By Lizette Woodworth Reese
No wind, no bird. The river flames like brass.
On either side, smitten as with a spell
Of silence, brood the fields. In the deep grass,
Edging the dusty roads, lie as they fell
Handfuls of shriveled leaves from tree and bush.
But 'long the orchard fence and at the gate,
Thrusting their saffron torches through the hush,
Wild lilies blaze, and bees hum soon and late.
Rust-colored the tall straggling briar, not one
Rose left. The spider sets its loom up there
Close to the roots, and spins out in the sun
A silken web from twig to twig. The air
Is full of hot rank scents. Upon the hill
Drifts the noon's single cloud, white, glaring, still.
Monday was hot and I had a lot of stuff to get done, so I have little that's exciting to report. I did get to have lunch with Adam and go out for ice cream with him, but he was mostly busy reading in anticipation of returning to school in a couple of days. Also, I talked to the woman who is fostering the kittens Heather rescued, and they are doing really well -- she thinks they will be adoptable in a week or so!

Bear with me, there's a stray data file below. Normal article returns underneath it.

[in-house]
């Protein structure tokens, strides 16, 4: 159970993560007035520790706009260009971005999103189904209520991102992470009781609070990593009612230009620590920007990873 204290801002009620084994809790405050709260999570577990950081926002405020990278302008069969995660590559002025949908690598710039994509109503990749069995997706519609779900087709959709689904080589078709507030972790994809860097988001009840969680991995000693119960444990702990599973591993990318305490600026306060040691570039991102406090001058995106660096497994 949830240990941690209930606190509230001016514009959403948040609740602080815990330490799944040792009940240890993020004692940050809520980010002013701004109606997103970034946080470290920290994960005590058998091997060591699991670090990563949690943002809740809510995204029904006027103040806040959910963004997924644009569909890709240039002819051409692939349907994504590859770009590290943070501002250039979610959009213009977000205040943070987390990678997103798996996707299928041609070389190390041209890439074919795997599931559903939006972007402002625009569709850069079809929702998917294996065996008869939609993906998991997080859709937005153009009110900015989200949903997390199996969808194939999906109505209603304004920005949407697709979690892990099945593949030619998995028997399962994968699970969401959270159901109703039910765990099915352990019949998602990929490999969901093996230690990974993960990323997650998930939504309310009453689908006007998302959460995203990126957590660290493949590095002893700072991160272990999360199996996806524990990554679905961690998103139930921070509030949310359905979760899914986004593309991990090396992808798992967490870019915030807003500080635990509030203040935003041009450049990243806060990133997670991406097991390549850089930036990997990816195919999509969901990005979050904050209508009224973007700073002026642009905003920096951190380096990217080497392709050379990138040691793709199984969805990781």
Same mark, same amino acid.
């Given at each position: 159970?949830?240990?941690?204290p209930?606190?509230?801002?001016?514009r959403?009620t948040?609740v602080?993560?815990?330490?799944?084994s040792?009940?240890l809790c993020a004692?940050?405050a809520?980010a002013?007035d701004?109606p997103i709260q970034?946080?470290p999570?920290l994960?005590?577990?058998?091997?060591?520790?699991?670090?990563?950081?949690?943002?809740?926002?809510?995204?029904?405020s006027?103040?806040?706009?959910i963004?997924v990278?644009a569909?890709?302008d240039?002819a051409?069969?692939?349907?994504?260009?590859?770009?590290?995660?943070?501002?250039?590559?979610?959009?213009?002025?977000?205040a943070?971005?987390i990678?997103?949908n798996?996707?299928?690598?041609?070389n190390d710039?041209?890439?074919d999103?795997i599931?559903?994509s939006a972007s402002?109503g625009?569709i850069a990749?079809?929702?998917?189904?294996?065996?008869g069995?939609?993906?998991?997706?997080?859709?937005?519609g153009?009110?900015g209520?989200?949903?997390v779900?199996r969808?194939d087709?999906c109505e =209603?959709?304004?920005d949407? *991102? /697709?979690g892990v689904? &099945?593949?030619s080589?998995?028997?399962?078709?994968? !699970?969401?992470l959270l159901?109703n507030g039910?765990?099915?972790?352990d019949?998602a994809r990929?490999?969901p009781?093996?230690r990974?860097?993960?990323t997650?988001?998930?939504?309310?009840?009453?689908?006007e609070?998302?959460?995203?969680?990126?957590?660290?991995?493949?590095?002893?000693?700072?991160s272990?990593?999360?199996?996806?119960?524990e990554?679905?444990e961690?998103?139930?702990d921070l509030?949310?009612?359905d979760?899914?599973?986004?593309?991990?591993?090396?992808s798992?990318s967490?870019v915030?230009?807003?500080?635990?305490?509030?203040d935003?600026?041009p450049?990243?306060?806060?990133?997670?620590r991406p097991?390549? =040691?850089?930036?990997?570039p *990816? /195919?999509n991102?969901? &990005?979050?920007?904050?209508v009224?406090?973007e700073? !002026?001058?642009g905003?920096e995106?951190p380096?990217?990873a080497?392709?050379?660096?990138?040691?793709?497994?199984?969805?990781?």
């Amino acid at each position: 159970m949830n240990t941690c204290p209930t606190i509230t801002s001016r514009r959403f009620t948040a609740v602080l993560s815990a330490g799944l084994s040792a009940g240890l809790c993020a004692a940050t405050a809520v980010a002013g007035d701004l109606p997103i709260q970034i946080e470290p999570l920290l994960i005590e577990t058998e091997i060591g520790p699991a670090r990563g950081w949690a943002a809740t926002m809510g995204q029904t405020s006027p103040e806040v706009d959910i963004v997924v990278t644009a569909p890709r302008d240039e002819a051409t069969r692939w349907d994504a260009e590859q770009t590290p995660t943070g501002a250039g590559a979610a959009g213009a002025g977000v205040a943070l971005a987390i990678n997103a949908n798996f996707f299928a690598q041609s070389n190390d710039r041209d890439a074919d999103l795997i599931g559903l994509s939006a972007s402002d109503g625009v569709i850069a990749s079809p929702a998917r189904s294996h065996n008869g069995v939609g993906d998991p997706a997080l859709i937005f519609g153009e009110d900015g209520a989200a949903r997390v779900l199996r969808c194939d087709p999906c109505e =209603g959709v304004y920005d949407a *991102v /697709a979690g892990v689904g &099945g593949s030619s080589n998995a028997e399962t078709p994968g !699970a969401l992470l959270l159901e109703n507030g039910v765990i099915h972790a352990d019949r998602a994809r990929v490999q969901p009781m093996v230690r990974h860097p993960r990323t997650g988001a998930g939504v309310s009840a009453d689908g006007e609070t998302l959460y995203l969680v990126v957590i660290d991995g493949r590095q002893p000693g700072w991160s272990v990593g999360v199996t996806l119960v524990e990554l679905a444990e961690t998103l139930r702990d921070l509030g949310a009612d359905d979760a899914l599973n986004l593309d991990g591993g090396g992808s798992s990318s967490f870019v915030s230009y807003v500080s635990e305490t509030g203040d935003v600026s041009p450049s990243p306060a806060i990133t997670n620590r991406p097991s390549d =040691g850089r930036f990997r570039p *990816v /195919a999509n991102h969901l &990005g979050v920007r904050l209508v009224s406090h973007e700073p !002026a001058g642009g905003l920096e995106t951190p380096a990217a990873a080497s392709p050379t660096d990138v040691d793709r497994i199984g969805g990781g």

Paul made veggie meat loaf for Adam for dinner. Then, after rolling our eyes at the Bengals' first quarter and much discussion about what we were in the mood for, we watched the John Hurt-Elijah Wood movie The Oxford Murders, which was not particularly well-scripted (forget the math gobbledygook, the women's roles are atrocious) but is at least well-acted. Some more things we saw at the county fair: